Trump to face the press
Investors were not at their most decisive on Tuesday. That was clear from the narrow ranges and from the way three currencies shared first place while two others were in a dead heat for the wooden spoon. For the first time this week sterling was the (joint) winner.
A major reason for the indecision was the dearth of tradable data. For a while early in the London session investors amused themselves by pushing the Norwegian krone around after inflation figures showed consumer prices falling quite sharply in December. In the end they came to the conclusion that it was bad for the krone, which was one of the day's two losers and fell by -1.0% against the pound. It shared last place with the South African rand.
Sterling's success was a reaction to the previous two days' losses and was helped by the fact that senior politicians avoided stirring up the hard/soft Brexit debate. The pound is up by an average of 0.5%, a useful gain but one which has not made serious inroads into previous losses. It is still down by an average of -1.7% for the year to date. The US and Australian dollars shared top spot with the pound, not because of any particularly supportive economic evidence but for lack of any better idea.
US business optimism
The US National Federation of Independent Business Optimism Index is not a statistic that normally troubles investors. Yesterday, however, with little else to look at, they paid it more than the usual attention. Although it did not have much impact on the US dollar it was considerably more positive than expected.
The December survey of small businesses found them at their most upbeat in 12 years. In her statement the NFIB president said "We haven't seen numbers like this in a long time". Given the political complexion of small-business owners it looks as though they have been heartened by the Republicans' clean sweep of the two chambers of Congress and the White House.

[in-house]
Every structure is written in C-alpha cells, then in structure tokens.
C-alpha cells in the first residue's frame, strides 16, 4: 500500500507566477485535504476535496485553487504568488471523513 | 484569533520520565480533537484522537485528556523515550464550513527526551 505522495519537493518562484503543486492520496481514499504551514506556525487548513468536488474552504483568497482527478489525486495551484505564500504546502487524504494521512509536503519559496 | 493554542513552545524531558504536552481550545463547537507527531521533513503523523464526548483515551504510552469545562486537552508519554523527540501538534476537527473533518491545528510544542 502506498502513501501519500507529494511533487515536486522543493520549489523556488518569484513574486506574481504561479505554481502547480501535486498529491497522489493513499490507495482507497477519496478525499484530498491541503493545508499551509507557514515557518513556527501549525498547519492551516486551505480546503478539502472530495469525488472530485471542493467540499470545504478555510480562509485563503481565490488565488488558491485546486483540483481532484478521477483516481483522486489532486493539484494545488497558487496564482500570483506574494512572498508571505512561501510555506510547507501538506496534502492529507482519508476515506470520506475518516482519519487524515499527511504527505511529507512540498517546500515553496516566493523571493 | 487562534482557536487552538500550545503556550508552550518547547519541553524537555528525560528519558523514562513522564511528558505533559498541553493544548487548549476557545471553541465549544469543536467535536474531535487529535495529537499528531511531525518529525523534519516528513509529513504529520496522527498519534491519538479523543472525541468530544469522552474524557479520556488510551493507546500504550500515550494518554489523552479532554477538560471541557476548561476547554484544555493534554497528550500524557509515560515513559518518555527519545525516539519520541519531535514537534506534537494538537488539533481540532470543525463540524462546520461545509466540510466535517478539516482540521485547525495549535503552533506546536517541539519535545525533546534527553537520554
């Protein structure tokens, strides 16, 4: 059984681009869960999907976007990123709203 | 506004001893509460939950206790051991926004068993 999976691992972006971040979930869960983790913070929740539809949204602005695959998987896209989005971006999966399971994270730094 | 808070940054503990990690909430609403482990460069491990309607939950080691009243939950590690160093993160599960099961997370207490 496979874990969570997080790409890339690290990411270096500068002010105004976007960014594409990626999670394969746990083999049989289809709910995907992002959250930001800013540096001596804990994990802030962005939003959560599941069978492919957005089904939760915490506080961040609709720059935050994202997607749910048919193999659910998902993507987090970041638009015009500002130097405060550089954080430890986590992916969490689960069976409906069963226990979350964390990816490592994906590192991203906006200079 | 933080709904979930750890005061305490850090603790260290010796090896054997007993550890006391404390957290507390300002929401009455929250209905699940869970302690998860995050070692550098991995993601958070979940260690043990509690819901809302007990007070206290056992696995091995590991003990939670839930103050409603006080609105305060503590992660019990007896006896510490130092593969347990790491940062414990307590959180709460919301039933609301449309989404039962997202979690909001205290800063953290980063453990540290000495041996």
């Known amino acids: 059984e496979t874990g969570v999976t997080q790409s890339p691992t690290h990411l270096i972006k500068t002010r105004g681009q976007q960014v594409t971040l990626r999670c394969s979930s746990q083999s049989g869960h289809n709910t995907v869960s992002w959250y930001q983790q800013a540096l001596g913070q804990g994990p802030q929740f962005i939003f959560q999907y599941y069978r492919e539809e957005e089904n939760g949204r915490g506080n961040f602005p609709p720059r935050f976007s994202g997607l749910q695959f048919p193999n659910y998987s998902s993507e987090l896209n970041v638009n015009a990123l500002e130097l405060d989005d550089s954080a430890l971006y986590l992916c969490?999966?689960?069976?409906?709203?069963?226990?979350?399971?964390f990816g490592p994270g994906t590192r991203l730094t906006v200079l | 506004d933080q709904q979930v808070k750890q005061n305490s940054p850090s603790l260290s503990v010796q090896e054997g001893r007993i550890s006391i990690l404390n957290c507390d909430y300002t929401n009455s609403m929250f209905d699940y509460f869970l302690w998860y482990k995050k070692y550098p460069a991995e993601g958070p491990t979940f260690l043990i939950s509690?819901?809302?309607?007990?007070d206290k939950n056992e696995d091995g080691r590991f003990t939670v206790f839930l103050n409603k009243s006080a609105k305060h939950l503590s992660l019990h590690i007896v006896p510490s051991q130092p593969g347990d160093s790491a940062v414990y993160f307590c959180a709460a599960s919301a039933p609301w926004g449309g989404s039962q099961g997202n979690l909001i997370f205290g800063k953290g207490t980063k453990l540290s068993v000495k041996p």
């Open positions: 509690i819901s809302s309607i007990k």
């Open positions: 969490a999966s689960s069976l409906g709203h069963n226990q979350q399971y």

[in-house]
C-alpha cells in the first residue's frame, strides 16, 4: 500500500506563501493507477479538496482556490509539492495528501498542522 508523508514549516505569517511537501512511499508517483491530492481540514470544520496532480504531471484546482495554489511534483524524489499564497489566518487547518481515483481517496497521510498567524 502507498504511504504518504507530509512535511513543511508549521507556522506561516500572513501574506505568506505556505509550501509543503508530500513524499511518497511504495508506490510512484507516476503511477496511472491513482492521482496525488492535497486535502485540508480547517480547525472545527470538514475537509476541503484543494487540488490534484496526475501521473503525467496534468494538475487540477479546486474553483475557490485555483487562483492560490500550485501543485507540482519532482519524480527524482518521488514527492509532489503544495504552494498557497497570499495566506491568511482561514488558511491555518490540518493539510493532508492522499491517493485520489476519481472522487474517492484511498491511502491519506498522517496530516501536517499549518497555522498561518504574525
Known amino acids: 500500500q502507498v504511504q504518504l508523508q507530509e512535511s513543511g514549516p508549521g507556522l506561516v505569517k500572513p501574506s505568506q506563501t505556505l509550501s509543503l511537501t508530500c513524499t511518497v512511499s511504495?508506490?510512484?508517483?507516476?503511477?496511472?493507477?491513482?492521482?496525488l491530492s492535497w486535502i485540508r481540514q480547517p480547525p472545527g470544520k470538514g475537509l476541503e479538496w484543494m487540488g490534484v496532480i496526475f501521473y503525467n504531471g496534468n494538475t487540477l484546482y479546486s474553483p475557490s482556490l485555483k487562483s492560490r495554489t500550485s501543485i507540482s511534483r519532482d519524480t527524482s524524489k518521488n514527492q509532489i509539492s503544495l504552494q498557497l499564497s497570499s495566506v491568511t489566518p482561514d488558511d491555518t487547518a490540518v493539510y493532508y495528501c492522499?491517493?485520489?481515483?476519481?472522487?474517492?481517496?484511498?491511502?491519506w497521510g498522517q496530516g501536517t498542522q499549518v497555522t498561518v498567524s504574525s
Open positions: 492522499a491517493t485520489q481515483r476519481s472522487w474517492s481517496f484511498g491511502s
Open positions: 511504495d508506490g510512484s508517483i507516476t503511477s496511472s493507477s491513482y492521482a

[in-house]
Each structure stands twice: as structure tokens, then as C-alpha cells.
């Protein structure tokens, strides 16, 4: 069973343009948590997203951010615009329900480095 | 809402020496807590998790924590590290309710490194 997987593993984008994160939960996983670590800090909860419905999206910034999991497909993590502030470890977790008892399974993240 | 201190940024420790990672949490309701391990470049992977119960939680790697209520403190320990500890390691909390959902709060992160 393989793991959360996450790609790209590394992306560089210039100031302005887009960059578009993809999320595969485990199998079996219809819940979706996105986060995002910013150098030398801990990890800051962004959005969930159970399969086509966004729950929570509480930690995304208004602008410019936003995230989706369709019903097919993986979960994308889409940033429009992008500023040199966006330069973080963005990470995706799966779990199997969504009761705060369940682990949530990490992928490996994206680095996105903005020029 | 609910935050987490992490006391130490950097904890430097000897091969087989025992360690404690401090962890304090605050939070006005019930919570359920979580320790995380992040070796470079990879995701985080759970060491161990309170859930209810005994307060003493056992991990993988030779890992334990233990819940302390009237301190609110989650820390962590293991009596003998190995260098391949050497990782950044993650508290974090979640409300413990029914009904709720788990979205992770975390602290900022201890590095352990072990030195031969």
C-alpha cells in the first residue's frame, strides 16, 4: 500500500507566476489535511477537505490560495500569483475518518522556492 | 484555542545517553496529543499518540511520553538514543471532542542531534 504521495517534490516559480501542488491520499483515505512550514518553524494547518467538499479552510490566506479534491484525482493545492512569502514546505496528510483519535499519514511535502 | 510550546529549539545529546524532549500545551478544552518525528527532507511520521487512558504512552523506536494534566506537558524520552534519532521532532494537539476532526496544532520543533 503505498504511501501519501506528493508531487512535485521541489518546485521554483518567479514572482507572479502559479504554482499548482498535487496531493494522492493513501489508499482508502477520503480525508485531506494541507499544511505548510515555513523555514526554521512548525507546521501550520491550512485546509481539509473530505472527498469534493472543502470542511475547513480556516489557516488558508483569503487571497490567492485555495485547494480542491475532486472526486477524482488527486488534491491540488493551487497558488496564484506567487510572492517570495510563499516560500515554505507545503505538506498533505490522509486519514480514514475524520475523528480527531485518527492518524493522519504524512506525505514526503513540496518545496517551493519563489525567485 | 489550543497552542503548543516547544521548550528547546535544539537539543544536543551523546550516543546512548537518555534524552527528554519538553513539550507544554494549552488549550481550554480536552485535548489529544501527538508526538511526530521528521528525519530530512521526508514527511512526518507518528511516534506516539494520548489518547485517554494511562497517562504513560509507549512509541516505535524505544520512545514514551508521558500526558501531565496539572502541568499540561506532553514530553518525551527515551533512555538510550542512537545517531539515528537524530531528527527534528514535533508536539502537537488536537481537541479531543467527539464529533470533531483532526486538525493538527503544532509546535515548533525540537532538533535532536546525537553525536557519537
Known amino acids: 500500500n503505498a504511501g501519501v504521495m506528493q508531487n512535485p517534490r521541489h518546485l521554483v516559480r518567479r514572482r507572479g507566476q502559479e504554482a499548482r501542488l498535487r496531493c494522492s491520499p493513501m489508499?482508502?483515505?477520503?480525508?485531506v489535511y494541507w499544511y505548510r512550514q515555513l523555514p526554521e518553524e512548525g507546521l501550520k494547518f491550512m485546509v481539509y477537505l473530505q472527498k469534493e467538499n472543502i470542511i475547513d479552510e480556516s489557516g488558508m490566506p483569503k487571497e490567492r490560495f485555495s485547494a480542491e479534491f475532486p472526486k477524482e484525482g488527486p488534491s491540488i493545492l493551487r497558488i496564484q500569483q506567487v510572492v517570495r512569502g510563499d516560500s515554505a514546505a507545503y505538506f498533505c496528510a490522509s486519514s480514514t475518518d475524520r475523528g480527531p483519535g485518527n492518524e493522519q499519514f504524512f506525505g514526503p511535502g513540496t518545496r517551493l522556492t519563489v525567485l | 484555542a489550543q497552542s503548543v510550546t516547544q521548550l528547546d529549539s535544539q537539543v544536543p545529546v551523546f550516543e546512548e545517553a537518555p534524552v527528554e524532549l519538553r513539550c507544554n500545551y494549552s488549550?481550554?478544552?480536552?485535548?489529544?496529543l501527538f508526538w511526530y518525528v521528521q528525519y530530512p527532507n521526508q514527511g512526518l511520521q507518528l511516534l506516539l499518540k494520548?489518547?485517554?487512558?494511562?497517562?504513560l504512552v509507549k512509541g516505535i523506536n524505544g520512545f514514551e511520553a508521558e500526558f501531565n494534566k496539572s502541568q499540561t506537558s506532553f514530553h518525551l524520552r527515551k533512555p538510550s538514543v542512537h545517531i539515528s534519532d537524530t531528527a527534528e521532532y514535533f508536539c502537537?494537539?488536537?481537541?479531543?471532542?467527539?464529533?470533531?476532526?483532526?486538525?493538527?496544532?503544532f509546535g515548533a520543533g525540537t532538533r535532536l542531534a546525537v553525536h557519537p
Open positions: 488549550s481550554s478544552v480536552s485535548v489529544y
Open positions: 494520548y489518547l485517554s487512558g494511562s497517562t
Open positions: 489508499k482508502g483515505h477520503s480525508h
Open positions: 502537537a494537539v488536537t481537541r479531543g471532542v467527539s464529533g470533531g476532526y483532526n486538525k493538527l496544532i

Media reports linking Donald Trump to compromising information held by Vladimir Putin and his boys also had no discernable effect on the dollar. Mr Trump himself dismissed the claims, describing them as "FAKE NEWS - A TOTAL POLITICAL WITCH HUNT!"
The statistical highlights for sterling today will be figures for industrial and manufacturing output in November. The previous month's data were dismal and analysts are looking for a rebound. This afternoon the Bank of England governor will be talking to parliament's Treasury Committee and Donald Trump will hold a press conference.
Investors expect UK industrial production to have increased by a monthly 0.8% with manufacturing up by 0.5%. This afternoon the NIESR will release its estimate of UK economic growth in the fourth quarter of 2016. Other data today cover South African business confidence and Greek inflation.
Mark Carney's appointment in Westminster is at quarter past two. Mr Trump's press conference is scheduled for four o'clock.